Anger did not have a significant effect on depth of information processing for any of the emotional comparison groups; these complex results indicate that anger is an exceedingly nuanced emotion

A discrete emotion with discrete effects: effects of anger on depth of information processing. Meaghan McKasy. Cognitive Processing, Jun 20 2020. https://rd.springer.com/article/10.1007/s10339-020-00982-8

Abstract: There is relative paucity in the comprehensive study of anger and information processing. Emotions can impact the depth of information processing and anger is a powerful high-certainty emotion. Yet, the magnitude of the effects of anger on the depth of information processing has not been summarized. This scholarship performs a meta-analytic synthesis to report the effect of anger on the depth of information processing as compared to one of the four contrast groups: neutral control, sadness, happiness, and fear. A systematic search identified 26 articles with a total of 39 unique studies and 113 effect sizes. The evaluation revealed that anger did not have a significant effect on depth of information processing for any of the emotional comparison groups. Furthermore, the presence of publication bias was only found for one analysis. These complex results indicate that anger is an exceedingly nuanced emotion. The implications of the study and future scholarship are discussed.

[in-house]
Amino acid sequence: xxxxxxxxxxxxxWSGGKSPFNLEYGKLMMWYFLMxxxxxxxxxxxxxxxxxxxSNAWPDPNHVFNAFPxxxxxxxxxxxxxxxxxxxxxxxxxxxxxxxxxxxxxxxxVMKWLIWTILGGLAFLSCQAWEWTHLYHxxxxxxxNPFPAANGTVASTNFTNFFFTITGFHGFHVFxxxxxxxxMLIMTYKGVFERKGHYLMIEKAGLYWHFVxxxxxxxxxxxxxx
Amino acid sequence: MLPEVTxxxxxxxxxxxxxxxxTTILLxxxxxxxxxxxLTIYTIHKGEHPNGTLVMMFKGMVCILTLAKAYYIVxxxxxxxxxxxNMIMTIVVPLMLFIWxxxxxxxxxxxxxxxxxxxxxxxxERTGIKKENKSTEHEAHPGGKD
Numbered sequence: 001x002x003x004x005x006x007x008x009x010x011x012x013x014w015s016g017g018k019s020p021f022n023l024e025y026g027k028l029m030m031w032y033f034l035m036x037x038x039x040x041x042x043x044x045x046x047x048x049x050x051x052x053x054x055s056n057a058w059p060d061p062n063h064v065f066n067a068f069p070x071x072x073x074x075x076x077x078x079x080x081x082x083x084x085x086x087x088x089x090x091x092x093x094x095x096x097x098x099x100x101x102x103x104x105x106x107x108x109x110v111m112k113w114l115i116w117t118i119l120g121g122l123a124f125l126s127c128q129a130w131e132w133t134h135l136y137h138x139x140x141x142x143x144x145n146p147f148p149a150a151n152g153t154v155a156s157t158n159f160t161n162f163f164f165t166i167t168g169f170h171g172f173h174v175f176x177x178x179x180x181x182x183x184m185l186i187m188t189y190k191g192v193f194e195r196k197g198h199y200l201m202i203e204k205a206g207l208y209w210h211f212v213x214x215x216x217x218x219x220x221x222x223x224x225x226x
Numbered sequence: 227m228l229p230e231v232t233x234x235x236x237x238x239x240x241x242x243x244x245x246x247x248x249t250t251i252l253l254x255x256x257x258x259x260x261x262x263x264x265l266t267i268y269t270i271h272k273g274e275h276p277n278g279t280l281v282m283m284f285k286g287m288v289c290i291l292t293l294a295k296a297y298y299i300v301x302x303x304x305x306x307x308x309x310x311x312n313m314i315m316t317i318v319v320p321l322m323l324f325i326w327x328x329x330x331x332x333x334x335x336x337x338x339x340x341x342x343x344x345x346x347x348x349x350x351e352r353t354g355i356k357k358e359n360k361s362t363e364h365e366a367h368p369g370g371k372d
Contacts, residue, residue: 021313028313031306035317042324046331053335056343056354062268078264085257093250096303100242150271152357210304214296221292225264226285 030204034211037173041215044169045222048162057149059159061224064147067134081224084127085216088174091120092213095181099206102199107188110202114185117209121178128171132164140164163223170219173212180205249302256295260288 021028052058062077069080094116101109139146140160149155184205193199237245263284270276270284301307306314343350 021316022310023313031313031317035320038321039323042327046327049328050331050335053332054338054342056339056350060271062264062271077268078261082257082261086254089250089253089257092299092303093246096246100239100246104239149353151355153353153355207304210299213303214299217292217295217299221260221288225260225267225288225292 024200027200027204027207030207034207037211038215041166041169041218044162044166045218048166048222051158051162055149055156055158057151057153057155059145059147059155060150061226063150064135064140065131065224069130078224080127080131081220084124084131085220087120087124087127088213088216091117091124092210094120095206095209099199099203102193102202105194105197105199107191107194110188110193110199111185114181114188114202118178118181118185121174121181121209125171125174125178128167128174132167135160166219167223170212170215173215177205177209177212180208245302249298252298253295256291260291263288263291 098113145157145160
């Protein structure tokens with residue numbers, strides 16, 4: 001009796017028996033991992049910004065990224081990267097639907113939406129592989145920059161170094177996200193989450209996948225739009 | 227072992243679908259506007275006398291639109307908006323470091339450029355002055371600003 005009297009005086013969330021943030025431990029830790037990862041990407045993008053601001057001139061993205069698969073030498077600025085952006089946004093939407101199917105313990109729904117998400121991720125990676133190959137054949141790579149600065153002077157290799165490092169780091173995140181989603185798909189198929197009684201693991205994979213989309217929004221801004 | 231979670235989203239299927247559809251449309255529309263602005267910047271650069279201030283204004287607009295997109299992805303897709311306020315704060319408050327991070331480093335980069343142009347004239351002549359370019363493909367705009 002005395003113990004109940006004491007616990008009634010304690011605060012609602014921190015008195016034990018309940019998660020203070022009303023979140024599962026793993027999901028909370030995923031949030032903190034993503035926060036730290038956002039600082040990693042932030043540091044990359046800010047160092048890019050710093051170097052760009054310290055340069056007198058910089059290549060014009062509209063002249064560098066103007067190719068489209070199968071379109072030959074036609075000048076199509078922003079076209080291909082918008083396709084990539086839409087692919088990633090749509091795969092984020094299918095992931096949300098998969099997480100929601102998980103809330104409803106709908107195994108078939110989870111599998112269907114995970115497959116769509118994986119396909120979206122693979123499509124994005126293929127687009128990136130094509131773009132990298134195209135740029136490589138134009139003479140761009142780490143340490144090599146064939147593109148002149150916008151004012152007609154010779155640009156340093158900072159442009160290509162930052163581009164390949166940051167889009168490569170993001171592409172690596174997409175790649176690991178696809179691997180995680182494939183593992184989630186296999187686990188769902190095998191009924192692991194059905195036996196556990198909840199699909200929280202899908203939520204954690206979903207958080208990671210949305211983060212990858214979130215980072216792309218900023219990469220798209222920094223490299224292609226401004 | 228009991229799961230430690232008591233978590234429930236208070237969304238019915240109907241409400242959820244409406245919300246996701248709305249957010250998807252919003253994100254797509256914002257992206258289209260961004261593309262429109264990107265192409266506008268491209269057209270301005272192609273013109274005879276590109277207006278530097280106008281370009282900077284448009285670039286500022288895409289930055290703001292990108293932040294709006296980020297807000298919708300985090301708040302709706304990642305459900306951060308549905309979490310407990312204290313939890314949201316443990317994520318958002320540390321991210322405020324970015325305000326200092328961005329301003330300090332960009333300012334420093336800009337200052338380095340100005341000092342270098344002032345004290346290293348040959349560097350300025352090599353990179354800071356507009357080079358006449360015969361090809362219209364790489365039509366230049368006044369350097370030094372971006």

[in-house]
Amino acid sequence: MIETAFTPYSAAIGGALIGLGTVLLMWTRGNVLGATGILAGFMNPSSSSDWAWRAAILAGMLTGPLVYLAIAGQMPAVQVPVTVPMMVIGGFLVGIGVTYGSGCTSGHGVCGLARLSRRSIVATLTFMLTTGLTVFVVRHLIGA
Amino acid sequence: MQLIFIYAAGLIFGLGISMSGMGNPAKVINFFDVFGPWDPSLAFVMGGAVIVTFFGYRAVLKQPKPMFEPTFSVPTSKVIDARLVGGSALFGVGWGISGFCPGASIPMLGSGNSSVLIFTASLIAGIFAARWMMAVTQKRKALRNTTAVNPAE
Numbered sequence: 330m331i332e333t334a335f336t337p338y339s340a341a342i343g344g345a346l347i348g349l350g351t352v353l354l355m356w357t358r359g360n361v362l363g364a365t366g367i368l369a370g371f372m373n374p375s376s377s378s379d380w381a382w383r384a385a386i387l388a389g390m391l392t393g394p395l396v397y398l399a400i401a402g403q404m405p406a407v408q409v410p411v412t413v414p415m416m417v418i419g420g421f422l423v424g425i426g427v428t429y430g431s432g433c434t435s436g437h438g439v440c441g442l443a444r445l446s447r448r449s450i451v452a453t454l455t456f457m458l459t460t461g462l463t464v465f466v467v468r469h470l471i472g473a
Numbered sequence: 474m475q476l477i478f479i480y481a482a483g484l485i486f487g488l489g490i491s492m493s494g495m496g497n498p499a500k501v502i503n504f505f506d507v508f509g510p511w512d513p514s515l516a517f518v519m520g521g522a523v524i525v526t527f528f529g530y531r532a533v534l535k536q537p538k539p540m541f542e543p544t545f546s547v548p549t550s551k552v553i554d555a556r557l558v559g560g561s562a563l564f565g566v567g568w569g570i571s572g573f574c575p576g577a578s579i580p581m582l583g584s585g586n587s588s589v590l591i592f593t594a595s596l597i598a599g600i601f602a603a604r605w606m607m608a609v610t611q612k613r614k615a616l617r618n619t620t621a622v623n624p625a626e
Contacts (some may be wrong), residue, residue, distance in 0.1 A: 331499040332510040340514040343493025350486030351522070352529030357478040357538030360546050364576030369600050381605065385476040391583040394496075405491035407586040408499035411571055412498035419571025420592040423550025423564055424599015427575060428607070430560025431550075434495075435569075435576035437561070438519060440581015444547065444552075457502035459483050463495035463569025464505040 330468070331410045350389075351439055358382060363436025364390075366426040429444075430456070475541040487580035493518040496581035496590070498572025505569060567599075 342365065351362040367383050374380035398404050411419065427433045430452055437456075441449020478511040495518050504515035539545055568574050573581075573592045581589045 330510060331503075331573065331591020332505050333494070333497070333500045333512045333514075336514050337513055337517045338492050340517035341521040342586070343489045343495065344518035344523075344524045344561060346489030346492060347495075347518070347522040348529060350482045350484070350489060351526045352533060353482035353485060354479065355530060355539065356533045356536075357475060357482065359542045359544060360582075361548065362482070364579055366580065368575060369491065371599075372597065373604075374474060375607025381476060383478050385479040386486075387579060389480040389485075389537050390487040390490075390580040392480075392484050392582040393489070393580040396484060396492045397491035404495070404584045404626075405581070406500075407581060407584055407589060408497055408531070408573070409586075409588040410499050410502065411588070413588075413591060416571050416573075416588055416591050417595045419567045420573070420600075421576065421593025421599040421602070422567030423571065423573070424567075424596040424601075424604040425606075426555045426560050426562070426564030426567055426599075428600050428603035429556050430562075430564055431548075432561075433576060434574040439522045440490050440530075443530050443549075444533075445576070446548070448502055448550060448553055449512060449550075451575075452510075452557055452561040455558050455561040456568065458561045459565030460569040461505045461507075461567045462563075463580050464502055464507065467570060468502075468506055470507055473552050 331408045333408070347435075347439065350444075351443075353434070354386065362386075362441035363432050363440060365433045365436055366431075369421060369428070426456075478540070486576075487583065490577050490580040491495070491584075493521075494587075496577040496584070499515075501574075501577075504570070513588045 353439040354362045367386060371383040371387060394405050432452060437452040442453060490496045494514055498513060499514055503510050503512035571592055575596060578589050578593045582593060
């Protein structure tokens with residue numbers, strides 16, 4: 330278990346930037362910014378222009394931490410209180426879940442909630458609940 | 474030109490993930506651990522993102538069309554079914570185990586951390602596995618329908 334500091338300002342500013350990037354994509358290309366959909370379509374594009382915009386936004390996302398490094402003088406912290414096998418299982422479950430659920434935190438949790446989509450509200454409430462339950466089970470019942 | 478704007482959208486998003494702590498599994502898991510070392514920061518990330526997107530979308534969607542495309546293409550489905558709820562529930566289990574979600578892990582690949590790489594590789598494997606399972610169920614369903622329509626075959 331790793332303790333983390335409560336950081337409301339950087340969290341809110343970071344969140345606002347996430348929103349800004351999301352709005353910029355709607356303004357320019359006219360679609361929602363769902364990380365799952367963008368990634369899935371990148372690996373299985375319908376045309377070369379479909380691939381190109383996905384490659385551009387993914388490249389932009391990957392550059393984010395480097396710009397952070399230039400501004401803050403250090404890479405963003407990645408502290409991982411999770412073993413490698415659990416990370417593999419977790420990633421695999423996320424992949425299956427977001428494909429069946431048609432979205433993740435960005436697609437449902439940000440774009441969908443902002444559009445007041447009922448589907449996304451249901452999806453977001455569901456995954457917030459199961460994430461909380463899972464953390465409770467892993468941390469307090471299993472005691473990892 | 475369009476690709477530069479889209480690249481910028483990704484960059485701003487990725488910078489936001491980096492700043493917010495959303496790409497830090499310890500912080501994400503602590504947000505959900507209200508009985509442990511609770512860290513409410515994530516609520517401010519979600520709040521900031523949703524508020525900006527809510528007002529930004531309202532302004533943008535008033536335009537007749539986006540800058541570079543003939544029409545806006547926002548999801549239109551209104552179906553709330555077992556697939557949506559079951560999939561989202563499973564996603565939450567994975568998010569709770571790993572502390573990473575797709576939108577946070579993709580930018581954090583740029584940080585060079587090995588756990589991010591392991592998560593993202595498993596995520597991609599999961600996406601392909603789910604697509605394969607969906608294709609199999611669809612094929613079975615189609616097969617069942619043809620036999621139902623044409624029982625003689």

Saturday, June 20, 2020

Why are consistently-handed individuals more authoritarian? The role of need for cognitive closure

Why are consistently-handed individuals more authoritarian? The role of need for cognitive closure. Keith B. Lyle  & Michael C. Grillo. Laterality: Asymmetries of Brain, Behaviour, and Cognition. Volume 25, 2020 - Issue 4, Jun 4 2020. https://doi.org/10.1080/1357650X.2020.1765791

ABSTRACT: Recent studies indicate that individuals with consistent hand preference are more authoritarian than individuals whose preference is relatively inconsistent. We explored the role of epistemic needs in the handedness-authoritarianism relationship. Based on findings that consistent individuals are less cognitively flexible than inconsistent individuals, we hypothesized that consistent-handers would report greater need for definite knowledge. To measure this, we administered the revised Need for Cognitive Closure scale to a sample of undergraduates (N = 235), along with measures of handedness consistency and authoritarian submission. Consistent individuals scored significantly higher on authoritarian submission and need for closure. Need for closure fully mediated the relationship between consistency and submission. Consistent individuals also expressed greater prejudice against authoritarian out-groups such as immigrants and liberals. This effect was partially mediated by authoritarian submission. We theorize that consistent-handers’ cognitive inflexibility leads them to covet definite knowledge. These individuals turn to authoritarianism because it promises to stifle dissent and protect existing (conventional) knowledge.

KEYWORDS: Handedness consistency, need for closure, authoritarianism, prejudice